Nina and I have been working forever on a project to create a short animation where every frame is rendered in embroidery. It's finally finished and ready for the world! You can read Nina's Blog post about it, or watch it here.
Every frame in the video is simply a photograph of an object that exists in the real world (in fact, you can buy them). There is no Photoshop manipulation. All the close-up animation of the figures is photos of the 6-frame sheets as you see at the start of the film.
The song is something to do with passover. Sorry, not my thing, so I can't tell you much about what it all means (see Nina's blog). All I know is that it's a folk song, kind of like the spider-that-ate-the-fly song, and that it's sung in Hebrew and Aramaic (which sounds as ancient as it is).
There's a good bit of technology that went into creating the stitched animation. I've given several talks about it, but never posted about it online, because we were waiting until the film was done.
There are two reasons it's not easy to make this kind of animation (other than that it's not easy to get started on something so obviously more work than it's worth). First, embroidery machines only go so fast, and even a small bit of animation requires a lot of frames (this film has 516 individually stitched images running at 12 frames per second, with some looping and repetition). It just takes time to do that much stitching (about a month in this case).
The second problem is that the software available for creating embroidery designs is not up to the job. It's stuck, both conceptually and stylistically, somewhere in the late 1980's. In particular, it is utterly impervious to attempts at automation.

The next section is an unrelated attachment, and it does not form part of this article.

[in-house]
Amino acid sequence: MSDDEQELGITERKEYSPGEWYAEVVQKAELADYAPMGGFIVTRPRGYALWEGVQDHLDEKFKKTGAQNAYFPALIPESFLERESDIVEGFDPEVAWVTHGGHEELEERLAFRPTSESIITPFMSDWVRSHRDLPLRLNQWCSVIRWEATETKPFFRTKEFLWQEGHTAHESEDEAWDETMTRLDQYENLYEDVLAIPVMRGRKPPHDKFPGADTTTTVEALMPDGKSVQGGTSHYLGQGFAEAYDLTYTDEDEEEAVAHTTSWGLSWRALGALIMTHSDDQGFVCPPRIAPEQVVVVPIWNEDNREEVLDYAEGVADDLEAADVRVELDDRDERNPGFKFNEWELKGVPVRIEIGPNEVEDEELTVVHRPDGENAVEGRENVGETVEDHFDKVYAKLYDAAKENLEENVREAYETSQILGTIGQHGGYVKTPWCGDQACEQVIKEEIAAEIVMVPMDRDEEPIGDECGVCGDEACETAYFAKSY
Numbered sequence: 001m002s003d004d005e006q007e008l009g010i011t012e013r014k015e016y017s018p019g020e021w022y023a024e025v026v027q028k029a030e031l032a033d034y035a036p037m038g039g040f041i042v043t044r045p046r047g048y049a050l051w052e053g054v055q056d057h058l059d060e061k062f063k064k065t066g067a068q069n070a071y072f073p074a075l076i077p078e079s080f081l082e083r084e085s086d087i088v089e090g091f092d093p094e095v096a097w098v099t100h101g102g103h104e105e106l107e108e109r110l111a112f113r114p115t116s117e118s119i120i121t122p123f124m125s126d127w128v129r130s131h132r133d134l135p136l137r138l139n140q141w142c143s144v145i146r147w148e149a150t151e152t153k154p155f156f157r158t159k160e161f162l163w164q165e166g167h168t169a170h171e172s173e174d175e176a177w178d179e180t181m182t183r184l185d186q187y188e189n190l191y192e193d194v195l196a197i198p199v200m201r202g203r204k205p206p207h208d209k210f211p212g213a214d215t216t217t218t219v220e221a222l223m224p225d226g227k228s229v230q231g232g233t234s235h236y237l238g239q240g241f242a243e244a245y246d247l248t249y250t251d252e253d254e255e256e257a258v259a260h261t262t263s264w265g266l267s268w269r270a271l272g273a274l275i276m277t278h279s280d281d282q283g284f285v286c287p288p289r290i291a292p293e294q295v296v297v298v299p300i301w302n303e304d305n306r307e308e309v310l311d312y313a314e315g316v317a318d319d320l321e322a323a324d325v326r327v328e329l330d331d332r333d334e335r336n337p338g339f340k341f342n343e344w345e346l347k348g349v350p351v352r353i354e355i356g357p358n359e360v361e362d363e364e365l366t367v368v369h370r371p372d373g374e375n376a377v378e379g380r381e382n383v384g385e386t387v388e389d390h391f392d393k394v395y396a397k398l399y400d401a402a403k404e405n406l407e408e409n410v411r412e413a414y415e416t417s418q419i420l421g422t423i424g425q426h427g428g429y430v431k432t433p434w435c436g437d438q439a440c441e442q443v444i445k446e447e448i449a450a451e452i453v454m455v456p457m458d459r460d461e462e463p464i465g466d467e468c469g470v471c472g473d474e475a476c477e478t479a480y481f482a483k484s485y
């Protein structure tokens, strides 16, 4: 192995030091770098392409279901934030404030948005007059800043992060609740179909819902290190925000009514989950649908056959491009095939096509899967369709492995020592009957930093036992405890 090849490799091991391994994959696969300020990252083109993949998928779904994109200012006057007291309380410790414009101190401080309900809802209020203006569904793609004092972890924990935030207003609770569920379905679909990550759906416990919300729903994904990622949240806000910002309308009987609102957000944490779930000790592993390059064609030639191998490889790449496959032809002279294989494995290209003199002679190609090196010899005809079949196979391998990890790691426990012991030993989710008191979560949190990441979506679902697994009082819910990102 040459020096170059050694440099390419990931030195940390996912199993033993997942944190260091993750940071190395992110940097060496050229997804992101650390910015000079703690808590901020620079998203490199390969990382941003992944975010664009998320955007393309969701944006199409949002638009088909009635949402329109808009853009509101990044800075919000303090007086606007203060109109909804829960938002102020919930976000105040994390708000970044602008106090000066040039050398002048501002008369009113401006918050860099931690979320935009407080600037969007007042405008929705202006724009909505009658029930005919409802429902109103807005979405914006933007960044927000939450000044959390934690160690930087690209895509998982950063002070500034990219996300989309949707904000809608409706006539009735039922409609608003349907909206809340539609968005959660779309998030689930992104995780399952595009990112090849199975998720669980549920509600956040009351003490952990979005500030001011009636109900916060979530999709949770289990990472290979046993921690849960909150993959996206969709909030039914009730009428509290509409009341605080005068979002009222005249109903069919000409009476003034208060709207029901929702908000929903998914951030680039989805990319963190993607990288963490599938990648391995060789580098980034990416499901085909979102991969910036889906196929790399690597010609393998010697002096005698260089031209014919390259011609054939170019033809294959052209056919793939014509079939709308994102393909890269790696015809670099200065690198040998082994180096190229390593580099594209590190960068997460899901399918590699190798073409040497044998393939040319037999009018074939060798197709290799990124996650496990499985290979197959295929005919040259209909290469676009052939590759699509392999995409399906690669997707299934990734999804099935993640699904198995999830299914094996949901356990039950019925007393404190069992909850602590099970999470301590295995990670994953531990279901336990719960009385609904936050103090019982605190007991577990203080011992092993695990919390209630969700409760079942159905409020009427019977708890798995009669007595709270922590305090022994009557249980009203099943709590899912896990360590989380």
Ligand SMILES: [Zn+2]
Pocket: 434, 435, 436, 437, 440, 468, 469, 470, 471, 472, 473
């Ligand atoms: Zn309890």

Automation is crucial in animation, both because of the scale of the problem, and because if you want consistency from frame to frame, you want to avoid manual steps that introduce variability.
So we created all the embroidery designs using custom software we wrote specifically for animation embroidery, which allowed us to control the exact placement of stitches, not one frame at a time, but over all the frames as a whole.
The process starts with Nina's animation (which she does using Macromedia Flash, because that's her tool of choice, and because it can export animation sequences in vector file format, unlike crap Flash after Adobe ruined it). Here's what a frame looks like at the start:
Here's what it looks like when imported into Mathematica (my tool of choice). This is Mathematica's beautiful rendering of its Region objects, which allows you to see that we've preserved the full polygons for each moving part of the figure.
To see this better, we can move one of them to the side:
Mathematica's region functionality is quite powerful. RegionIntersection gives us clipped polygons that include only what's visible:
We start with the unclipped polygons because they are used to determine the direction of stitches (always perpendicular to the major axis of the polygon). Because, in Nina's style of animation, the polygons don't change shape, this means the stitch direction will follow the movement of the figure, making the final animation look like a single stitched figure is moving, rather than a hodgepodge of separate figures.